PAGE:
SDSU competes with universities across the country to reduce electricity and water use on campus.
Students from PowerSave Green Campus and Energy Service Corps hold residence halls sign-ups where students pledge to reduce energy and water consumption.
For the next three weeks, students at San Diego State University and across the country will compete in the 2013 Campus Conservation Nationals, a nationwide electricity and water use reduction competition.
Residence halls from more than 200 colleges and universities will participate in the program, which was created by The Center for Green Schools at the U.S. Green Building Council through its Students Program and in partnership with Lucid, Alliance to Save Energy and the National Wildlife Federation.
“This competition is an opportunity to both demonstrate our commitment to sustainability as a campus and for students to challenge themselves to integrate environmentally positive choices in their routines,” said SDSU Sustainability Coordinator Mariah Hudson.
“Tackling this as community is important, because when enough students make a visible commitment to a course of action, it changes the culture and that has a lasting impact on our campus.”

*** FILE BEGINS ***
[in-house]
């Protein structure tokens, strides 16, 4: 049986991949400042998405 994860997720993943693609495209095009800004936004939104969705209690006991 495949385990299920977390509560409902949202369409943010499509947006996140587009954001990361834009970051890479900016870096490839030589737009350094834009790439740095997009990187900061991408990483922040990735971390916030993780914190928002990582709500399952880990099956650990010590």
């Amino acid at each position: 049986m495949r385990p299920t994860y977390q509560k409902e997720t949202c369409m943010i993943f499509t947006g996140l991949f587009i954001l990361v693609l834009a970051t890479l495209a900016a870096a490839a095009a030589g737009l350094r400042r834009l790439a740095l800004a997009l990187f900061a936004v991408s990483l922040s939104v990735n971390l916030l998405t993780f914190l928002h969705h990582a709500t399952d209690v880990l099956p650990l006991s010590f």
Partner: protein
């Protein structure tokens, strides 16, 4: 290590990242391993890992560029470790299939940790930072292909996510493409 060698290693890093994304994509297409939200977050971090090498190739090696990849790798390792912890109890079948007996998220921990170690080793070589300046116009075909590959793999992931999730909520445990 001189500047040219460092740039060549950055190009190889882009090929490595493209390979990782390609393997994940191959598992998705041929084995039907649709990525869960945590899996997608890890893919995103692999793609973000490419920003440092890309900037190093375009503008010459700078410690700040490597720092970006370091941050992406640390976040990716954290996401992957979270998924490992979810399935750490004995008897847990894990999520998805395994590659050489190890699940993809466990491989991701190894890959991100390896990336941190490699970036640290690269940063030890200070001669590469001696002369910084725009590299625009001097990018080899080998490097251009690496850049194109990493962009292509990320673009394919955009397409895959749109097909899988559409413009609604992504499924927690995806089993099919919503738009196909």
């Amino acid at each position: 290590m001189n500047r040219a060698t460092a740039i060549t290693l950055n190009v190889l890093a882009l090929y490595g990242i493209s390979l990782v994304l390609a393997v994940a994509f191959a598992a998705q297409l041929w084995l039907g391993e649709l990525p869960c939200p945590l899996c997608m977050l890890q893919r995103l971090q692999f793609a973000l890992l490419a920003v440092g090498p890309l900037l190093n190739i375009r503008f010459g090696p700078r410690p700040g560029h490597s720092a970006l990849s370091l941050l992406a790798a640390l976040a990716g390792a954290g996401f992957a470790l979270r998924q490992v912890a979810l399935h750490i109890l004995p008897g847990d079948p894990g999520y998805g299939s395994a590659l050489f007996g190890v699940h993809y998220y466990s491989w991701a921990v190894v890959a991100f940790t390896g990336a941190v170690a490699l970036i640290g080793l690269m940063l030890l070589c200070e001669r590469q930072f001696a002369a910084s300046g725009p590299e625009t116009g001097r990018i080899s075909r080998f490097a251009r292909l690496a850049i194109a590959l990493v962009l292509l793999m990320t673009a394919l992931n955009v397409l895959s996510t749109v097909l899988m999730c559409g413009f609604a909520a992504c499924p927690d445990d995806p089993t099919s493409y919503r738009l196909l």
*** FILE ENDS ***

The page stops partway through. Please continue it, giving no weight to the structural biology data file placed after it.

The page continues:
SDSU’s part in the competition is a joint-effort between two campus groups: CALPIRG Energy Service Corps and PowerSave Campus. For three weeks the groups have been measuring baseline energy usage in preparation for the competition, which officially kicked-off on Valentine’s Day.
During the competition, participating schools compete against buildings on their own campus or a select group of peer institutions, with savings from all participants accumulating to reach a national challenge goal.
Using Lucid’s Building Dashboard, competitors compare performance, share winning strategies and track standings among the leading schools and buildings.
Making a difference
“Campus Conservation Nationals provides the perfect venue for students to demonstrate how their collective drive, paired with individual action and responsibility, can have a significant impact on their campuses and communities,” said Pat Lane, project manager at the Center for Green Schools.
“We are excited to build upon the success of previous years and empower a new corps of student organizers to be green building leaders.”
During the 2012 competition, more than 208,000 students living in 1,200 buildings at 100 colleges and universities collectively reduced 1.7 megawatt-hours of electricity and 1.5 million gallons of water, saving schools $157,925. The 2013 competition will build on that success and encourages students to brainstorm innovative solutions for how their school can save energy and cut costs.
“The growth of CCN, and the incredible results from 2012, clearly demonstrate the desire and ability for people to change their behavior when it comes to using resources," said Andrew deCoriolis, director of marketing and engagement at Lucid.
"With the right information and tools, we’ve seen students able the make a significant impact on energy and water use, and more importantly inspire their peers to take action.”